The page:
Wednesday, November 22, 2017

How is the School Year Going So Far?

Most years, on the day before Thanksgiving, our blog post contains lists of things we are thankful for, or Thanksgiving books for kids,  or a discussion about gratitude. While we are no less grateful for family, friends, colleagues, and so many other things in our lives, this year we are taking a different approach to Thanksgiving -- using it as a good time to pause and take stock of where your child might be at this point in the school year. 

It is now around three months into the academic year and students have had at least one report card. Review of last year's work has been completed and new content has been taught for a while. So it is a good time to pause and see how things are going so far -- and yet it is early enough in the year to make changes that can make the school year more productive and satisfying for your student. 

For all Students
Thanksgiving weekend is a good time to clear out backpacks. Far too many students will have failed to do this since school started. Ideally, older students should do this on their own, but students with organizational or executive function issues of all ages may need some support with this task. Papers that aren't needed currently should be kept in a "reserve" file, since they may be needed to prepare for year-end tests. Other items can be tossed or, if current, replaced neatly into the backpack - ideally, in clearly marked notebooks or folders. If this task is repeated regularly, perhaps every couple of weeks (or, failing that, at each holiday break throughout the year) some order may prevail. 

Parents may want to find some quiet time this weekend to speak to their student about how things are going in a general way. Is her reading group a good fit? Does she have friends in her class? Does she get along with her teacher? Although many of these kinds of issues come up informally in day to day conversations, having a targeting discussion can be fruitful, and can sometimes reveal issues that parents need to address before more of the school year goes by.

For Students with IEPs or 504 Plans
Hopefully, you had reviewed the IEP or 504 Plan when it was created or revised, likely last Spring. Are your child's teacher(s) following the IEP/504? Is he getting the accommodations and/or services it provides? Sometimes, schools may delay a week or two before they begin related services such as speech or occupational therapy, or academic supports such as resource room. They may need to get staff in place or determine appropriate groupings. But, by now your child should have been getting the supports and services to which he is entitled under his IEP/504 for quite some time. If this isn't the case, you should contact the school (case manager, head of guidance, or principal, depending on who heads up the IEP team).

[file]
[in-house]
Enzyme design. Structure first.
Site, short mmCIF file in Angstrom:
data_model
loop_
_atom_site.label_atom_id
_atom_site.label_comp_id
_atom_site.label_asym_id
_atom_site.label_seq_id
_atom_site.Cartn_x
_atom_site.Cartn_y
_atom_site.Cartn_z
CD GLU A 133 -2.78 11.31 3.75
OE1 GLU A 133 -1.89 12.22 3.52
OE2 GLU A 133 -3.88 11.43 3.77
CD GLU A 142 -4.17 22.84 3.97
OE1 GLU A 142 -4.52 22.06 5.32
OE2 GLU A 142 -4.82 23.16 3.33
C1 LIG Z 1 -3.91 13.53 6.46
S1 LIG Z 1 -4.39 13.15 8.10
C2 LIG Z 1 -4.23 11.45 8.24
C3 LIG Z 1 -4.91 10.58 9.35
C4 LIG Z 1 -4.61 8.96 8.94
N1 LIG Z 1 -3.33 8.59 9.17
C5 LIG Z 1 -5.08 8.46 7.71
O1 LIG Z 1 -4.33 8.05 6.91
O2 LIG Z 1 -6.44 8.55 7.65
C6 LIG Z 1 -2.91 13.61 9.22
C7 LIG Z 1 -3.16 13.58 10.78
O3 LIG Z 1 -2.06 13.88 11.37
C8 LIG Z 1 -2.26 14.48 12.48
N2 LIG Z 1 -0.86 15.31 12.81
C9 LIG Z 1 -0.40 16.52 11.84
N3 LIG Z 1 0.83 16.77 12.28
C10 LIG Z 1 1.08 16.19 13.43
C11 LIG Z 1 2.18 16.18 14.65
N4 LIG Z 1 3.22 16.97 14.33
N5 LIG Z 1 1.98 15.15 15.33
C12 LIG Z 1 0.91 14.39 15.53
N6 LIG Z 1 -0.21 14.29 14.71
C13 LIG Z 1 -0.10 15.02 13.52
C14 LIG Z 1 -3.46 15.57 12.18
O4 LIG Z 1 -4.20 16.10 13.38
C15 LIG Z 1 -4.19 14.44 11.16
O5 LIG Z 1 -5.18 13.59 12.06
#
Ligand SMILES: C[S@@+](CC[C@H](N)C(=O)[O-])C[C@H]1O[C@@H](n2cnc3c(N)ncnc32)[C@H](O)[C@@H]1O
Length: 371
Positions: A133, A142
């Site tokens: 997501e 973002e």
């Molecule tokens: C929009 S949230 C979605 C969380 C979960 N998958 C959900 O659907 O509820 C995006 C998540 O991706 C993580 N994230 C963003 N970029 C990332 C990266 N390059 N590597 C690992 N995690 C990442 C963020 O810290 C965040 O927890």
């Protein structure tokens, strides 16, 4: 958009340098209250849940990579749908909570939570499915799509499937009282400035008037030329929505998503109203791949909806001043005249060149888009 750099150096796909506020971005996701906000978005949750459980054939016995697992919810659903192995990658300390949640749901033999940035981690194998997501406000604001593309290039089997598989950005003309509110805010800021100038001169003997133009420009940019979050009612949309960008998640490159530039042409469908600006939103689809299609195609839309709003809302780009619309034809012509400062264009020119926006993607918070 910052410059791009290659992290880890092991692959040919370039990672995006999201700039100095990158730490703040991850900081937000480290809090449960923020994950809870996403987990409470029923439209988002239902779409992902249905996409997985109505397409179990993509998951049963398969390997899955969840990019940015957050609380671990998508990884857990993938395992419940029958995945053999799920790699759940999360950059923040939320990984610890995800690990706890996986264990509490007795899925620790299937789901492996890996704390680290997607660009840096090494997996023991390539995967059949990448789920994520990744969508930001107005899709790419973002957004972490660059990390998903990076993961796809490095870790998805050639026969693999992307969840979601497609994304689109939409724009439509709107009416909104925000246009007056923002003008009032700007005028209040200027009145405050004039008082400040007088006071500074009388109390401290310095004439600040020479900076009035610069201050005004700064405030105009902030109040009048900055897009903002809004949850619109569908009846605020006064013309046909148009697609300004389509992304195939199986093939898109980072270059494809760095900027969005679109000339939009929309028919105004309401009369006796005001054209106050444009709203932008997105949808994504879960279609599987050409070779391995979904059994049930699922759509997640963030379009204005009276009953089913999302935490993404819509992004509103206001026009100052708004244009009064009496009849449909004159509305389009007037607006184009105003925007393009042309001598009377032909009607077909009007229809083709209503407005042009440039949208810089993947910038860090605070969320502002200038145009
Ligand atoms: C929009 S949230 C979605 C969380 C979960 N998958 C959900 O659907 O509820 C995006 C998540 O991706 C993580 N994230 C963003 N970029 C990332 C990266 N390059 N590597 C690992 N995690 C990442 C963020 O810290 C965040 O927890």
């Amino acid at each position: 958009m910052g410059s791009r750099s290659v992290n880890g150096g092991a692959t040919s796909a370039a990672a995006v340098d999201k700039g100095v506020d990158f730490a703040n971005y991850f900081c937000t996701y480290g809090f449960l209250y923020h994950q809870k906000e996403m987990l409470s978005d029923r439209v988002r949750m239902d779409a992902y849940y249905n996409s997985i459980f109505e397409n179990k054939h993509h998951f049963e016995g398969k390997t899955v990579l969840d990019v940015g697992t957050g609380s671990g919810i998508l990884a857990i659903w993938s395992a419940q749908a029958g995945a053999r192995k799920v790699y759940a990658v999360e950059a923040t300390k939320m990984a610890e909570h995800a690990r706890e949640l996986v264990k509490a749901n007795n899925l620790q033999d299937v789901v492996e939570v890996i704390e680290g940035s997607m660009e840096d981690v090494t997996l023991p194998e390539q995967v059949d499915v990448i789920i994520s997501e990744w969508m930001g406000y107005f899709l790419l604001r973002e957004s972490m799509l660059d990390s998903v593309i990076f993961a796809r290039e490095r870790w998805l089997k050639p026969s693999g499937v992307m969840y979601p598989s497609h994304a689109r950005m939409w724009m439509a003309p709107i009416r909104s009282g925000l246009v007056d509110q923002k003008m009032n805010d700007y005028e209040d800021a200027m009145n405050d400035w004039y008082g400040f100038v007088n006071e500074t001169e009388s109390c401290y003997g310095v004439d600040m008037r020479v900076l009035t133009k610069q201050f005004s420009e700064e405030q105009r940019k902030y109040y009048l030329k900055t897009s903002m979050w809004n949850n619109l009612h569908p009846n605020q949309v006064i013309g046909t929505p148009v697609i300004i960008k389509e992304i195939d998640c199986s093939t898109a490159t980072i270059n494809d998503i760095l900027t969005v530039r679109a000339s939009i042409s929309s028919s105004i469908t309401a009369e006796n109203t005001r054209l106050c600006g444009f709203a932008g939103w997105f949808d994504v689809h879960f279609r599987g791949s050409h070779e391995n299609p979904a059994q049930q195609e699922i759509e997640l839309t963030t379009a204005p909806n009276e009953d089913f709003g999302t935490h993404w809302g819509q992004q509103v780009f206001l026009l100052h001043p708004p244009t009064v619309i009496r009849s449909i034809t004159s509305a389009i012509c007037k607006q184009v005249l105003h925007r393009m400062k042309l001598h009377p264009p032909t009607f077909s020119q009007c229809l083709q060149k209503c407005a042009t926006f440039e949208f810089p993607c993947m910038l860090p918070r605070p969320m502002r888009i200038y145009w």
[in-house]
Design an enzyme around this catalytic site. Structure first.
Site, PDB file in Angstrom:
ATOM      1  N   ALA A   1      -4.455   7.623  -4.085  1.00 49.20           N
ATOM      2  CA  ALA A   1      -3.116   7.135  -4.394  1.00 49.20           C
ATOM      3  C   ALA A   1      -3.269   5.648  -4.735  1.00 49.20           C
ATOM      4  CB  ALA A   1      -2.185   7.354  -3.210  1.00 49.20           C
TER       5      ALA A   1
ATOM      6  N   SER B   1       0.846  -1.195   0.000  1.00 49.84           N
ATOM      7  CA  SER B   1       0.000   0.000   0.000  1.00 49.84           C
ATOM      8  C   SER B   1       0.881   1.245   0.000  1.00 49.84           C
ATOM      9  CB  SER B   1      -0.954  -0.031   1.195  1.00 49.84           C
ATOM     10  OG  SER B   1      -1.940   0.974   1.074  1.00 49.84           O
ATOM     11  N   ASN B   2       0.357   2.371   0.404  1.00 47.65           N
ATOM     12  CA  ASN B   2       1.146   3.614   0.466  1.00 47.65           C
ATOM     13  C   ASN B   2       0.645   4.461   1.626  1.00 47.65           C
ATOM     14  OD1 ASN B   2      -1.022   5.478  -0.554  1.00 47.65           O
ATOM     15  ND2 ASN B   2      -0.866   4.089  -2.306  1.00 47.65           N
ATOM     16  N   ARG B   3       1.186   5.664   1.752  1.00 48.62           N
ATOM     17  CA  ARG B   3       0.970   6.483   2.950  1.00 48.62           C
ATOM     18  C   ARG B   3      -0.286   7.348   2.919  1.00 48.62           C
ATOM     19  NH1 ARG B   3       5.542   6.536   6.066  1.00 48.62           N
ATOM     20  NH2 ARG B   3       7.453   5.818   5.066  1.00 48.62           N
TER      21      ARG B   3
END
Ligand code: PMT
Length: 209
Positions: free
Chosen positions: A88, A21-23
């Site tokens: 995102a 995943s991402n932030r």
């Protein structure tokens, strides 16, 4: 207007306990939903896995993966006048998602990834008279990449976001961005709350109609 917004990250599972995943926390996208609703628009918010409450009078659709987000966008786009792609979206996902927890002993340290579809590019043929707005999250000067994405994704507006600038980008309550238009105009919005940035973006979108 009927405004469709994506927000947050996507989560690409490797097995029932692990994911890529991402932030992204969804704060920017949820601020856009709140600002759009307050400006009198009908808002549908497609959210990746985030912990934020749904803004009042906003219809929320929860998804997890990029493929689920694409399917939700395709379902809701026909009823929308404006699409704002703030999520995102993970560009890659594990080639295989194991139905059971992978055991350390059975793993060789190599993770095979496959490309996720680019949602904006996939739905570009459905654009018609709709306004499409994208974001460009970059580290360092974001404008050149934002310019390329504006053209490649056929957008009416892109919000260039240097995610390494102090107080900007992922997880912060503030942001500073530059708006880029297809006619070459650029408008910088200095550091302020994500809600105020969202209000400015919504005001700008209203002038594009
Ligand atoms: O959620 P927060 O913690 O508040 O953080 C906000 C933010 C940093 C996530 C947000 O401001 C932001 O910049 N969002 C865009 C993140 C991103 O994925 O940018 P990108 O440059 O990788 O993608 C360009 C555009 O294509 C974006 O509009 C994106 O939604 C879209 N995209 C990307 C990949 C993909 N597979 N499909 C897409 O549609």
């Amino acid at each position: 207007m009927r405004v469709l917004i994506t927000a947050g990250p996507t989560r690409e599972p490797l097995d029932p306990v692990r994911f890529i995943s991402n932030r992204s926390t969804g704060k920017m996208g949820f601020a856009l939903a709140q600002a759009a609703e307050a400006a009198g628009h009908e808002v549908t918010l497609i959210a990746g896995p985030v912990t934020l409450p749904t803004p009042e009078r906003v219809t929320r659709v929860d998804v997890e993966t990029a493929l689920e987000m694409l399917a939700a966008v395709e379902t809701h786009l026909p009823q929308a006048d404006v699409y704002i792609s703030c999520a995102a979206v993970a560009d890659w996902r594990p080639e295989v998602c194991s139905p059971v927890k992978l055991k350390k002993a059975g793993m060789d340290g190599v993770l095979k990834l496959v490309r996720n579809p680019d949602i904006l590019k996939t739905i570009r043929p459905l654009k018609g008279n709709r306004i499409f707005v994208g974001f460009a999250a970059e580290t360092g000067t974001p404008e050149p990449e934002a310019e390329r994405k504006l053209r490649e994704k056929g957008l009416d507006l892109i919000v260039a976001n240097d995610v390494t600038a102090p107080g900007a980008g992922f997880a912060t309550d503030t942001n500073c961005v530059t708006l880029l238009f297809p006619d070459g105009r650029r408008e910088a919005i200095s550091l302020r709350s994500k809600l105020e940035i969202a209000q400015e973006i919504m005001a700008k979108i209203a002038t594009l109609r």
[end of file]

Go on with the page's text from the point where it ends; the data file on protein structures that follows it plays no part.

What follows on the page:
If your student is getting what is provided for in the IEP/504, but things are not going well, this is the time to call for a new IEP or 504 meeting. You are entitled to do so at any point, not just annually. But a formal meeting is not required to make minor changes, and you may find that you can effect the changes you want more quickly by meeting informally with the head of the IEP/504 team and putting your agreed-to changes in writing.

For High School Seniors
If you haven't completed your college applications, this holiday weekend might be a good time to do so. Those who are applying early decision or early action will have submitted their applications earlier this month, and most other students are aware that they have until the end of the calendar year, or even later, to finish up their applications. But many places have rolling admissions and once their places are filled, even strong applicants will not be accepted. In addition, students who are applying to specialized college support programs need to keep in mind that these programs are generally small and admit on a first come - first serve basis. While latter applicants might be accepted to the college itself, they can be closed out of the support programs they need to succeed. 

So, Thanksgiving can be more than a time for thanks. It can be a time to take stock of how things are going for your student and to take steps to improve things if there are problems that need to be addressed.

In the meantime, all of us here at The Yellin Center wish you and yours a Happy Thanksgiving!

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